Maria Saporta, Editor, is a longtime Atlanta business, civic and urban affairs journalist with a deep knowledge of our city, our region and state.  Since 2008, she has written a weekly column and news stories for the Atlanta Business Chronicle. Prior to that, she spent 27 years with The Atlanta Journal-Constitution, becoming its business columnist in 1991. Maria received her Master’s degree in urban studies from Georgia State and her Bachelor’s degree in journalism from Boston University. Maria was born in Atlanta to European parents and has two young adult children.

2 replies
  1. No2Decatur says:

    As a long time supporter of Park Pride and a neighbor of Midway Woods on Deerwood Drive, I appreciate Park Pride efforts over the years in helping clean out invasive species and ivy on the trees in Dearborn Park.  An unnamed organization is scheduled to arrive at 9am Saturday, February 14 that will include 150 individuals that are not from our neighborhood for this event. My concern is that again, against neighbor wishes, you are allowing 150 individuals to come on our small residential street.  This is a project that could be completed by county employees over a Saturday with the help from a few neighbors or be moved to a more appropriate area within Dearborn Park.
    We are not against the project, only that this type of event should be completed within the park and not along the greenspace across from residential properties.  There was a petition that asked do you want invasive species cleared out of the park as an indicator of the support for the project. However, that is obviously a misleading question. We originally asked that the event be moved just a few feet away to the recently cleared area between Chevelle Road and Oldfield Drive, which was denied by Park Pride and DP&R.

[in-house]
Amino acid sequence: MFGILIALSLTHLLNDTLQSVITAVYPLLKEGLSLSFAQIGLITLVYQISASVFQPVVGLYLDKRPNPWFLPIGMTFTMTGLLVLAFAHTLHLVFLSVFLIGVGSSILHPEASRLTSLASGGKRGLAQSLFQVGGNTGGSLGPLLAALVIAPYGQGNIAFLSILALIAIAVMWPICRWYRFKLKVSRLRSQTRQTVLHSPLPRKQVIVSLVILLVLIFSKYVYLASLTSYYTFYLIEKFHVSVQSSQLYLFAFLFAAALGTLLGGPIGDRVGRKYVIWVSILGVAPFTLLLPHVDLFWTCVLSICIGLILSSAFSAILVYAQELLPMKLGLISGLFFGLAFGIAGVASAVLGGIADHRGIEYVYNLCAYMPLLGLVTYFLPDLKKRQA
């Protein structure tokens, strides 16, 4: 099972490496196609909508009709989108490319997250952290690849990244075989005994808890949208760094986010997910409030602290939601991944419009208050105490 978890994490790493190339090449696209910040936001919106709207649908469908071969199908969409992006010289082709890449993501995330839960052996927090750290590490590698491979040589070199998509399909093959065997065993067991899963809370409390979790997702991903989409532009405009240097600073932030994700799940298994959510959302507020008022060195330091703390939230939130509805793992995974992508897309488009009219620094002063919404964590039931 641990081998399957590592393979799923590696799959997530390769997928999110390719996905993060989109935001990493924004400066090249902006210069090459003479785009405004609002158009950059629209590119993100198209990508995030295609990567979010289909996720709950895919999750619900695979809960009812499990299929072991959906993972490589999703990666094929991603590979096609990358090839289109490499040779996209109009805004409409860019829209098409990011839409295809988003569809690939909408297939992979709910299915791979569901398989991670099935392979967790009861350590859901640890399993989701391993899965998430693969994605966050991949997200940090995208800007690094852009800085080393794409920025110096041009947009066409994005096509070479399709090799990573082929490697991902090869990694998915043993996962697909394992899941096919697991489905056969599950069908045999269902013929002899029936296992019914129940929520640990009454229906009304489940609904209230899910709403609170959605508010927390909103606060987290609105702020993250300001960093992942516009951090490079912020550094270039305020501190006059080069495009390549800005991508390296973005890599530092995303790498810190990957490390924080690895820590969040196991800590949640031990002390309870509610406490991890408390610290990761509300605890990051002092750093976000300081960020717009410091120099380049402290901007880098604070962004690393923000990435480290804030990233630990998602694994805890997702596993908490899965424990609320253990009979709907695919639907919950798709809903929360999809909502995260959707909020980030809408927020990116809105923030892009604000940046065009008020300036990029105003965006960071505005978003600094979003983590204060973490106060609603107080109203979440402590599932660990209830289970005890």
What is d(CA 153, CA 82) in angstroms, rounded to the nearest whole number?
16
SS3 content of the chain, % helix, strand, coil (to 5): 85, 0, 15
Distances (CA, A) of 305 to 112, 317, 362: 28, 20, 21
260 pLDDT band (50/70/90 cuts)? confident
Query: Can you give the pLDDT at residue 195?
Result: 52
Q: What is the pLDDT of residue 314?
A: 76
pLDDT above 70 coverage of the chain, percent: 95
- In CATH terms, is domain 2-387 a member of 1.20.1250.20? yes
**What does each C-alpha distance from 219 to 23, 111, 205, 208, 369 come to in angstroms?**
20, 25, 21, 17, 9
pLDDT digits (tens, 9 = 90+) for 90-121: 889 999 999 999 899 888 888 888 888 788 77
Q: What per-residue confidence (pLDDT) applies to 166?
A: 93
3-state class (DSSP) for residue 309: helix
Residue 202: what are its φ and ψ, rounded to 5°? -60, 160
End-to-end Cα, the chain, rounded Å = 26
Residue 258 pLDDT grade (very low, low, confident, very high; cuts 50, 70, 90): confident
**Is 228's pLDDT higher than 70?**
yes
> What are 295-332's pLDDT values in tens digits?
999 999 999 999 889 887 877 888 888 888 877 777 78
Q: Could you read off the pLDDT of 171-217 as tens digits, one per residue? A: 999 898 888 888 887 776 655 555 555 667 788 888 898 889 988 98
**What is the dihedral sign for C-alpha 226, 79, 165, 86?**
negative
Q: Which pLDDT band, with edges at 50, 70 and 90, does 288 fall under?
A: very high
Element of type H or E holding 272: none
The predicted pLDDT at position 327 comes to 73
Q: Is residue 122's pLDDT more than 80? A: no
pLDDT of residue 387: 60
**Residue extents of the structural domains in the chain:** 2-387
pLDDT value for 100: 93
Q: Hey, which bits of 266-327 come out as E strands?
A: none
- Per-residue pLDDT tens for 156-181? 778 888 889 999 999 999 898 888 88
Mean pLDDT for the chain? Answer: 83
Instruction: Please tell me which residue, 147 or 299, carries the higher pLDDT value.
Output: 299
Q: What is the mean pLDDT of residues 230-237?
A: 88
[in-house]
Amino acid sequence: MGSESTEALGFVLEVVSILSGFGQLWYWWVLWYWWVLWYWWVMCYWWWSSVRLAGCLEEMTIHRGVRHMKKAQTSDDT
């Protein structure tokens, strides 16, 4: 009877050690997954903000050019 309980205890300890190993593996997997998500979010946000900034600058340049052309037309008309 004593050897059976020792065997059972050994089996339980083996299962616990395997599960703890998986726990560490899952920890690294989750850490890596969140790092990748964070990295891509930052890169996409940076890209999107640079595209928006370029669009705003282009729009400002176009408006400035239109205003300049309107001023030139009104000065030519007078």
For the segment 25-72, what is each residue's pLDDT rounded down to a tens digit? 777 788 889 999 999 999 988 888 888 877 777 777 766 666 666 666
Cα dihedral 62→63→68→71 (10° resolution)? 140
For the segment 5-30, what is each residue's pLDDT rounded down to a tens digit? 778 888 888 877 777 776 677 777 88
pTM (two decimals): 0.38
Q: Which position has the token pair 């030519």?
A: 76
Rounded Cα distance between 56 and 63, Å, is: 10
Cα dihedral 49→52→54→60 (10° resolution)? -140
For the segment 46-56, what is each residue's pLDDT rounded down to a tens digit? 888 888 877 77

This is the second time in 3 years that an event has been held on our block. When we asked Park Pride and DeKalb County Parks & Rec if there were other areas within DeKalb County that could use such close scrutiny, we were given 5 other DeKalb parks.
    I repeat, we are not against the end results, just the efforts used. 
    If this event is not moved we ask for the following condition:
    Leave a 15″ buffer along the creek. There is severe erosion now and we do not want to damage this further.Leave some foliage on the ground. From the efforts over the last 5 years, when contests were held and untrained volunteers removed foliage, there are areas within the greenspace which still haven’t grown back and there are huge mud puddles after even a light rain.  The trees that are going to be planted will be planted on the south end as promised in 2012.Please keep the noise to a minimum as we have several neighbors who work 2nd and 3rd shift.A promise that trees be planted within the area within the next 3 years. We will even spearhead an effort to pay for the trees or get a grant if the County will plant them.Use organizations that are relevant to the community where they are cleaning up. 1 person from Midway Woods has signed up and 1 from Atlanta is a maybe, which means 148 people will be from outside our community.This is the 2nd event held within the last 3 years, please spread some of the this good fortune to other areas of DeKalb County.Do not bring 10 heavy equipment trucks with county employees sitting around for hours doing nothing as was the case in 2012. I own several properties throughout DeKalb and wish my tax dollars to be used more wisely as I am a strong advocate against annexation and incorporations.
    We’ve heard nothing from DeKalb County Parks & Rec or Park Pride on our requestReport

    Reply